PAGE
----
sam groth

10 Things You Always Wanted To Know About Tennis…

Unusual scoring, loud grunts and ultra-fast serves make tennis a game that’s full of quirks. Read on and learn from Wimbledon Debenture Holders, the top supplier of Wimbledon tickets 2014 (www.wimbledondebentureholders.com), about ten unusual tennis facts.

1. Why are tennis balls green?

Amazingly, tennis balls aren’t actually green. They’re a specific color known as hi-vis yellow. All major tennis tournaments use this color due to its excellent visibility, especially for spectators viewing at home.

2. When was tennis invented?

While there’s some debate as to when the first game of tennis was played, most of the tennis world agrees that the game originated in 12th century France, where it was played using the palm of a player’s hand.

3. How long is a tennis game?

Since tennis games continue based on score, rather than time, they can go on for as long as they need to. The longest tennis game in history was played at Wimbledon 2010, and lasted for 11 hours, five minutes, John Isner defeating Nicolas Mahut.

4. How much of a tennis game is active play?

In a two-hour tennis game, the ball spends less than 30 minutes in play. Most of a tennis game is made up of preparation and rest breaks – the ball is actually in play for less than 20 per cent of the game.

5. Why do tennis players grunt?

Tennis players grunt for two reasons: to let out air after an exhausting and difficult motion, and to distract and ‘psyche out’ their opponents.

6. Why does ‘deuce’ mean a tie?

‘Deuce’ doesn’t technically mean a tie, although many casual tennis players assume so. It actually means ‘two’ – the number of points that a player will need to score in order to win the game.

7. How rich are tennis players?

Tennis appears to be a profitable occupation, at least for the world’s best players. In today’s tennis world, the wealthiest players are Roger Federer and Maria Sharapova, who both have a nine-figure net worth.

8. Who has the fastest serve?

Samuel Groth, an Australian tennis player known for his impressive striking power, is the current service record holder. During the 2012 Busan Open Challenger Tennis Tournament, he served the ball at an incredible 163.4 miles per hour.

9. Why do tennis players check the ball?

Small scuffs on the surface of a tennis ball can affect its play, causing it to fly off in a certain direction or lose its bounce on the surface of the court. Because of this, most players want to avoid using a beaten-up ball during their games.

10. Why does ‘love’ mean zero?

Ever wonder why ‘love’ is used in scoring? Some people believe that it’s because of the French term for zero, which sounds similar to the word for ‘egg.’ Because of the space of the numeral zero, it’s picked up the ‘love’ terminology over the years.

Sights and Sounds Part Deux: Aussie Tennis Player Confessions

By James Crabtree

It really is hard to comprehend how much work goes into staging a grand slam. Everyone is hustling and bustling and breaking into a sweat, from workman in hardhats to stressed out suits. Offices are moving locations, sponsorship boards are being put into place and players are trying secure practice courts or just a comfy seat to rest their weary bones.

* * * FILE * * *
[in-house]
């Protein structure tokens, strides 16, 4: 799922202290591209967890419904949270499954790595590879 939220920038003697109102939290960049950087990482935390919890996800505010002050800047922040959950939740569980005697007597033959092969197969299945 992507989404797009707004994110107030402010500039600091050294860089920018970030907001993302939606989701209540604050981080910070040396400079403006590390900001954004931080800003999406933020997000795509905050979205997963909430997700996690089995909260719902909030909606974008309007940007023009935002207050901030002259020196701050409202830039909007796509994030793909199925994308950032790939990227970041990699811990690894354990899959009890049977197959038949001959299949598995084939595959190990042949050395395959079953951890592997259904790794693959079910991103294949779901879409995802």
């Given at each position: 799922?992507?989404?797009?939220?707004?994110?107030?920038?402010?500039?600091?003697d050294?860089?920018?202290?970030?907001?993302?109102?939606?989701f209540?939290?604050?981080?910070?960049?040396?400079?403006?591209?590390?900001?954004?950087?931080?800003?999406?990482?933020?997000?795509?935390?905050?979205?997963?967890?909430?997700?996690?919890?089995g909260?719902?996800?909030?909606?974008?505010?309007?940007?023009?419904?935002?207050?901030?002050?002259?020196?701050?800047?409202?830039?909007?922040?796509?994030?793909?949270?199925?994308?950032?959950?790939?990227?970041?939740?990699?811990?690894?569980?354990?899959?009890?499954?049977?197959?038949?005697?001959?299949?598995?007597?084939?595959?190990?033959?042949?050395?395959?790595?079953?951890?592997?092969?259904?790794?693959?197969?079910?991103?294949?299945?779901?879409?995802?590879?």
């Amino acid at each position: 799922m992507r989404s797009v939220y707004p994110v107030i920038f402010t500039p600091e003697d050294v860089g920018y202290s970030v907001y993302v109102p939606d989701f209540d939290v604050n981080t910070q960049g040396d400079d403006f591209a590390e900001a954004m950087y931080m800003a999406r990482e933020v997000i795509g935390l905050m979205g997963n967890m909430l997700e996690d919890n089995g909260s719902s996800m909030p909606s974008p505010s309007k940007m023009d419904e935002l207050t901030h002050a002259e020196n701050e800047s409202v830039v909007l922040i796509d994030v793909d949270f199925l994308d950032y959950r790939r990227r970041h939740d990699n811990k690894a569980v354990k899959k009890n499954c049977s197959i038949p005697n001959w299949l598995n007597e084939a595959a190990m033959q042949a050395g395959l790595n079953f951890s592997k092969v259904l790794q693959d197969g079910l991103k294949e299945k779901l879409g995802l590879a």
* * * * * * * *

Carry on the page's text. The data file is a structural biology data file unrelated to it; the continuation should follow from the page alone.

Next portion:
Chances are if you ask any of the players playing in the December Showdown, if they have read a book recently, they will say it is ‘Fifty Shades of Grey’. On top of that erotic bombshell, the majority carry five racquets, listen to hard thumping house music and enjoy Will Ferrell movies. Matthew Barton was the true exception claiming an appreciation for Michael J. Fox.

On the courts, the only sound Sam Groth heard during his first match was his own. During much of his loss to the number 4 junior in the world, Nicholas Kyrgios, Groth provided a play by play narrative of his troubles. Kyrgios — who reminded one onlooking coach of a tall David Nalbandian — handled the fastest server in the world with relative ease, proving why he might be a name to be remembered in years to come.

One player to avoid an upset was Greg Jones who came back from two sets to love down to defeat Michael Look 2-6 4-6 7-5 6-4 6-4 in three and a half hours. The last time the very relieved Jones lost a five set match was the 2012 Australian Open, when he was two sets to love up against Alexandr Dolgopolov.

Two-time junior grand slam champion Luke Saville started his campaign with a win over Andrew Whittington that included the longest tie break he had ever played in winning the fourth set. After the match, he was quick to speak on his desire to not only rise up the rankings, but to one day also get the call from Pat Rafter of representing his country for Davis Cup. Based on today’s performance, that call shouldn’t be too far away.

By the way, the weather in Melbourne officially didn’t reach four seasons although it was blustery then hot, hotter and then stinging …

(James Crabtree is currently in Melbourne Park for the December Showdown and giving us the scoop on all the latest news surrounding the Australian Open. Check out his first installment of “Sights and Sounds” here.)